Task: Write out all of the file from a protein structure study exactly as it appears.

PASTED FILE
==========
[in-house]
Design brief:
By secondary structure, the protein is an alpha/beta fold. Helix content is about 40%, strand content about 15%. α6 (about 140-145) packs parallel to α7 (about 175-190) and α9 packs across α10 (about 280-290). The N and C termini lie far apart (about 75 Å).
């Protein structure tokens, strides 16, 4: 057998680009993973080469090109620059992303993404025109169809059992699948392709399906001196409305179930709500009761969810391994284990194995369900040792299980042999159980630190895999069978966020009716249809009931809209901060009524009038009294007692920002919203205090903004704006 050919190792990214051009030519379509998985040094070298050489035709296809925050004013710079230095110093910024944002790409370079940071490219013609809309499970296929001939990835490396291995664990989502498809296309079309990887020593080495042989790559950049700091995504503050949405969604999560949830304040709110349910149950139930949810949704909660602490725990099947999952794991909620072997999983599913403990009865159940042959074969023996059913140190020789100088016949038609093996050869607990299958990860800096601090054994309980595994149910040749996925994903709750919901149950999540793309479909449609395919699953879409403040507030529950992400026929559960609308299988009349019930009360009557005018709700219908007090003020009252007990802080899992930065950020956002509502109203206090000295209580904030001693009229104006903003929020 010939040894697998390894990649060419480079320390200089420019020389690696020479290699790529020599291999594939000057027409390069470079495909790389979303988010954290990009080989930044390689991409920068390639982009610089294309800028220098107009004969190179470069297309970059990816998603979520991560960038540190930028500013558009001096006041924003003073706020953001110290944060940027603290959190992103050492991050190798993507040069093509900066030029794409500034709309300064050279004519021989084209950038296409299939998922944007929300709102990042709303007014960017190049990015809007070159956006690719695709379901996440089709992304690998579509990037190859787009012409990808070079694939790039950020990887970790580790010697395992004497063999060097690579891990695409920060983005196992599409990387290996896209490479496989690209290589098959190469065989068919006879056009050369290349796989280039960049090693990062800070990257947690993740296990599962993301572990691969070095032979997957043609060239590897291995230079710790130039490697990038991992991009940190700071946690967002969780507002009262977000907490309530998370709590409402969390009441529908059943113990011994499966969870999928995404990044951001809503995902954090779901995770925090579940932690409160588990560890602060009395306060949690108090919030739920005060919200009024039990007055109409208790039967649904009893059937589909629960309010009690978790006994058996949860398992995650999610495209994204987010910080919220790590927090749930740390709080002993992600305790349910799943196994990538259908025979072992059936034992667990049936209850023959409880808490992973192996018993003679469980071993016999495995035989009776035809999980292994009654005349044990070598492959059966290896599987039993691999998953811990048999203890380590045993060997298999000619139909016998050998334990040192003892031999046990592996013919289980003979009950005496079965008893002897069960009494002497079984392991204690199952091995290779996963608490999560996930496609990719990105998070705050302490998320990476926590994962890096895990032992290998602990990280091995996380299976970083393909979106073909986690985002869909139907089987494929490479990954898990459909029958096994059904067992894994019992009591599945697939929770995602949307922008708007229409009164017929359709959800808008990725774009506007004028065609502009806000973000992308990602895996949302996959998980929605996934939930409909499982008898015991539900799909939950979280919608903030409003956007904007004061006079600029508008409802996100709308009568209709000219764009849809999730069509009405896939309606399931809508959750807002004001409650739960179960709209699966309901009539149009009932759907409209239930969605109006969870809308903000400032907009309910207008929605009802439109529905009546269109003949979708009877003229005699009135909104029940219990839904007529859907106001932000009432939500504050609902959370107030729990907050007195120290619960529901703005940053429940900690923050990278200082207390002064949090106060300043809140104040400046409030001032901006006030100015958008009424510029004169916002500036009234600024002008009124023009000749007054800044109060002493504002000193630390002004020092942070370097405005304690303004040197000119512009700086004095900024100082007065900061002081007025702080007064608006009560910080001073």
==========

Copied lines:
[in-house]
Design brief:
By secondary structure, the protein is an alpha/beta fold. Helix content is about 40%, strand content about 15%. α6 (about 140-145) packs parallel to α7 (about 175-190) and α9 packs across α10 (about 280-290). The N and C termini lie far apart (about 75 Å).
């Protein structure tokens, strides 16, 4: 057998680009993973080469090109620059992303993404025109169809059992699948392709399906001196409305179930709500009761969810391994284990194995369900040792299980042999159980630190895999069978966020009716249809009931809209901060009524009038009294007692920002919203205090903004704006 050919190792990214051009030519379509998985040094070298050489035709296809925050004013710079230095110093910024944002790409370079940071490219013609809309499970296929001939990835490396291995664990989502498809296309079309990887020593080495042989790559950049700091995504503050949405969604999560949830304040709110349910149950139930949810949704909660602490725990099947999952794991909620072997999983599913403990009865159940042959074969023996059913140190020789100088016949038609093996050869607990299958990860800096601090054994309980595994149910040749996925994903709750919901149950999540793309479909449609395919699953879409403040507030529950992400026929559960609308299988009349019930009360009557005018709700219908007090003020009252007990802080899992930065950020956002509502109203206090000295209580904030001693009229104006903003929020 010939040894697998390894990649060419480079320390200089420019020389690696020479290699790529020599291999594939000057027409390069470079495909790389979303988010954290990009080989930044390689991409920068390639982009610089294309800028220098107009004969190179470069297309970059990816998603979520991560960038540190930028500013558009001096006041924003003073706020953001110290944060940027603290959190992103050492991050190798993507040069093509900066030029794409500034709309300064050279004519021989084209950038296409299939998922944007929300709102990042709303007014960017190049990015809007070159956006690719695709379901996440089709992304690998579509990037190859787009012409990808070079694939790039950020990887970790580790010697395992004497063999060097690579891990695409920060983005196992599409990387290996896209490479496989690209290589098959190469065989068919006879056009050369290349796989280039960049090693990062800070990257947690993740296990599962993301572990691969070095032979997957043609060239590897291995230079710790130039490697990038991992991009940190700071946690967002969780507002009262977000907490309530998370709590409402969390009441529908059943113990011994499966969870999928995404990044951001809503995902954090779901995770925090579940932690409160588990560890602060009395306060949690108090919030739920005060919200009024039990007055109409208790039967649904009893059937589909629960309010009690978790006994058996949860398992995650999610495209994204987010910080919220790590927090749930740390709080002993992600305790349910799943196994990538259908025979072992059936034992667990049936209850023959409880808490992973192996018993003679469980071993016999495995035989009776035809999980292994009654005349044990070598492959059966290896599987039993691999998953811990048999203890380590045993060997298999000619139909016998050998334990040192003892031999046990592996013919289980003979009950005496079965008893002897069960009494002497079984392991204690199952091995290779996963608490999560996930496609990719990105998070705050302490998320990476926590994962890096895990032992290998602990990280091995996380299976970083393909979106073909986690985002869909139907089987494929490479990954898990459909029958096994059904067992894994019992009591599945697939929770995602949307922008708007229409009164017929359709959800808008990725774009506007004028065609502009806000973000992308990602895996949302996959998980929605996934939930409909499982008898015991539900799909939950979280919608903030409003956007904007004061006079600029508008409802996100709308009568209709000219764009849809999730069509009405896939309606399931809508959750807002004001409650739960179960709209699966309901009539149009009932759907409209239930969605109006969870809308903000400032907009309910207008929605009802439109529905009546269109003949979708009877003229005699009135909104029940219990839904007529859907106001932000009432939500504050609902959370107030729990907050007195120290619960529901703005940053429940900690923050990278200082207390002064949090106060300043809140104040400046409030001032901006006030100015958008009424510029004169916002500036009234600024002008009124023009000749007054800044109060002493504002000193630390002004020092942070370097405005304690303004040197000119512009700086004095900024100082007065900061002081007025702080007064608006009560910080001073």